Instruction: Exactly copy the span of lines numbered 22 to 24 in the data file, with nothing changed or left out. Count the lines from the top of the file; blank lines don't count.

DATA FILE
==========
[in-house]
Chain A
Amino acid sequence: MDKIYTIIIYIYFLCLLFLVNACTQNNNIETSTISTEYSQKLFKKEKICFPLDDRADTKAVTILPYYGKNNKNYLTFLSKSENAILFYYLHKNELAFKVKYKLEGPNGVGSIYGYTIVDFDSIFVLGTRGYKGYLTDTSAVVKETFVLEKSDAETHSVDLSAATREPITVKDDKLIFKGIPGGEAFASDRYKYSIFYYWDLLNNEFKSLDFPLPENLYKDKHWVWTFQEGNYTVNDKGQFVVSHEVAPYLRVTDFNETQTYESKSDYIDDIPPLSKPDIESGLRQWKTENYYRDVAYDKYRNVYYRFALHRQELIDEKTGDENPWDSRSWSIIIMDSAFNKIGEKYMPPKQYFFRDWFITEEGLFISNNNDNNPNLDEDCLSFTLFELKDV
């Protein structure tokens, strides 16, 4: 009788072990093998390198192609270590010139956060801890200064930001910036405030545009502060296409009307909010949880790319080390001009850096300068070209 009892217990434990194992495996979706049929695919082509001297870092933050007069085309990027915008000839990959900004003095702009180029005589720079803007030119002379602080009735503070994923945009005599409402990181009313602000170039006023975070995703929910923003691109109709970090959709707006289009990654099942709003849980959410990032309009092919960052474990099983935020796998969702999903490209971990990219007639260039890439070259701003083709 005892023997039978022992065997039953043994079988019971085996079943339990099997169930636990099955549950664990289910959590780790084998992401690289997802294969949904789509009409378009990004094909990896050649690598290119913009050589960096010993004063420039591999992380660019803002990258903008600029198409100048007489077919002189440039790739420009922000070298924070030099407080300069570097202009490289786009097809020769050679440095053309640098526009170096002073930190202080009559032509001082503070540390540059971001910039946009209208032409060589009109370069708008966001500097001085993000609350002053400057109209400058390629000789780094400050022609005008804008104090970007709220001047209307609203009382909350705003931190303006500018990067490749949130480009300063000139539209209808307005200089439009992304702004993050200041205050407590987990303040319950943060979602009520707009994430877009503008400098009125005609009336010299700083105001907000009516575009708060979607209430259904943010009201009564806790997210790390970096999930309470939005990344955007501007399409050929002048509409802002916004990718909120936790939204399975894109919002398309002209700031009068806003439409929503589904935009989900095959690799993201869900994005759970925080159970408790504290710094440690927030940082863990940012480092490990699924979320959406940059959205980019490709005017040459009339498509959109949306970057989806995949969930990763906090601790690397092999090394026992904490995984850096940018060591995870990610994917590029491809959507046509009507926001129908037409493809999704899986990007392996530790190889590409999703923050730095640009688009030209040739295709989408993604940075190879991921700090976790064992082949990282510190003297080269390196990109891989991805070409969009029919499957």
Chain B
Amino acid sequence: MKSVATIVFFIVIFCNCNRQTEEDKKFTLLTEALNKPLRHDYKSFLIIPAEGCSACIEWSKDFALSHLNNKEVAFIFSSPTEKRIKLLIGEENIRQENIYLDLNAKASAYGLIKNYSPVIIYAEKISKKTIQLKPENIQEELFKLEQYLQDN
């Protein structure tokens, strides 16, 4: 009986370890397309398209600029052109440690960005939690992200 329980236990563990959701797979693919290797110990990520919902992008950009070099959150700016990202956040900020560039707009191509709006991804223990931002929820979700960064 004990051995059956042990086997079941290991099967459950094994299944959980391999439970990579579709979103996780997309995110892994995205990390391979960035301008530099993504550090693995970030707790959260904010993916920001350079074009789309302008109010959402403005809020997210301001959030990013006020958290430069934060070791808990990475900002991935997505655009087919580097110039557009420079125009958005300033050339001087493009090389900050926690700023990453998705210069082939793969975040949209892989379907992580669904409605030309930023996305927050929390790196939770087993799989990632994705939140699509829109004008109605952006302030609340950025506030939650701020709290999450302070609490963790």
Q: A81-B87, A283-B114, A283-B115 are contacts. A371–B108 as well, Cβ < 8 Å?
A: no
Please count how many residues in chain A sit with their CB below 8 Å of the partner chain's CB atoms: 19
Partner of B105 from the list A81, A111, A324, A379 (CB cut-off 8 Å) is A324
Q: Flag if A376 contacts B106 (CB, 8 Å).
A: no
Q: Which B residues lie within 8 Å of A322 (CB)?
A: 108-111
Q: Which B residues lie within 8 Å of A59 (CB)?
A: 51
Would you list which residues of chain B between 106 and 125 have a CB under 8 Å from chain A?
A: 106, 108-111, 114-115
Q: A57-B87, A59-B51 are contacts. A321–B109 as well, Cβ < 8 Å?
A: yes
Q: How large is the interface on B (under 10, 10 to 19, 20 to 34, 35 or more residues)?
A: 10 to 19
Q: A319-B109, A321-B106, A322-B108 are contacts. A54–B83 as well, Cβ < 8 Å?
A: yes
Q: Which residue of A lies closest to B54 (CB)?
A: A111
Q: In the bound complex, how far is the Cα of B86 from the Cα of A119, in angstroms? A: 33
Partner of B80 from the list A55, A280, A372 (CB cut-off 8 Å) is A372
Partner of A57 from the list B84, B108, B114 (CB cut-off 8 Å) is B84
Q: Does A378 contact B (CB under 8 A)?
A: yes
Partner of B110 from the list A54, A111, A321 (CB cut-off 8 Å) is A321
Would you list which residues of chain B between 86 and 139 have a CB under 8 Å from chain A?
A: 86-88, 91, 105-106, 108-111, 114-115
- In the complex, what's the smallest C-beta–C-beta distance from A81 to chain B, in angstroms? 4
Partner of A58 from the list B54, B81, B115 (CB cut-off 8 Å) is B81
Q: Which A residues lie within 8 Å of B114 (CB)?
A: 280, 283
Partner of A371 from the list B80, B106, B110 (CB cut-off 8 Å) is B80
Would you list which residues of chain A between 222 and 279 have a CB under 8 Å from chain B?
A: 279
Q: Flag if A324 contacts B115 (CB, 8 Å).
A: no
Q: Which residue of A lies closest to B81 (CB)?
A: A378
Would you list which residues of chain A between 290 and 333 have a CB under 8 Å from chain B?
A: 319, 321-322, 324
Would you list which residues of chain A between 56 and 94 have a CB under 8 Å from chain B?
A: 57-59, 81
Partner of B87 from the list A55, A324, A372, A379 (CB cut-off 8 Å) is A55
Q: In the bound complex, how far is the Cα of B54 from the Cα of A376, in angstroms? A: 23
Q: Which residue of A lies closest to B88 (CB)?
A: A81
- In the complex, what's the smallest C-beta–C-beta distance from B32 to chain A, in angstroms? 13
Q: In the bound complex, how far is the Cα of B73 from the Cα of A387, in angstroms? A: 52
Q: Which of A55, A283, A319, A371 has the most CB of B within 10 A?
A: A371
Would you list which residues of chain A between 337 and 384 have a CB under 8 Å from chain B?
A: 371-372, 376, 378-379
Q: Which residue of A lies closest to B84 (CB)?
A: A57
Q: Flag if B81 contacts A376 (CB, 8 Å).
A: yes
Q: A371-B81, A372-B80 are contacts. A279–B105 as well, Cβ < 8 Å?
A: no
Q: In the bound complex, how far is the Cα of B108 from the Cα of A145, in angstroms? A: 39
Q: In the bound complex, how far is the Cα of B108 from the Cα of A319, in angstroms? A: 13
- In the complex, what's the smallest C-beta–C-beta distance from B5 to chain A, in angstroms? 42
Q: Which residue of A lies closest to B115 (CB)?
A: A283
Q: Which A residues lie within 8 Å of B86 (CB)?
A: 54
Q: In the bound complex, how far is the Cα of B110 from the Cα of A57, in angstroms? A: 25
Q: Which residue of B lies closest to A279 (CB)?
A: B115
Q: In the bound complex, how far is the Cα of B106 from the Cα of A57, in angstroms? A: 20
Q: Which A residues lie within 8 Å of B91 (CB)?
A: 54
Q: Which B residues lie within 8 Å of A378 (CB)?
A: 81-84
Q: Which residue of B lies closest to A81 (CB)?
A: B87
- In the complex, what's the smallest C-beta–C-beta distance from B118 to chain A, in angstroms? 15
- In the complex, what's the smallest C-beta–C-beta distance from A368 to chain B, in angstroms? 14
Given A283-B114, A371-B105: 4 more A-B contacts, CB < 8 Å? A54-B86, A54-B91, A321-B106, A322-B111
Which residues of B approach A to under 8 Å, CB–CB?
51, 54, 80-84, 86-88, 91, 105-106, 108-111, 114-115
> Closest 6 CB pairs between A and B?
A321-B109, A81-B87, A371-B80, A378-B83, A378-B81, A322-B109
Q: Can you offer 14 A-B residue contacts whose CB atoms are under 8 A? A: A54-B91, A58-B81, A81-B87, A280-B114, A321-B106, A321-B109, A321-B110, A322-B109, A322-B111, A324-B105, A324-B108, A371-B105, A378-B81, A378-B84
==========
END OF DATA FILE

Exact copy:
Q: How large is the interface on B (under 10, 10 to 19, 20 to 34, 35 or more residues)?
A: 10 to 19
Q: A319-B109, A321-B106, A322-B108 are contacts. A54–B83 as well, Cβ < 8 Å?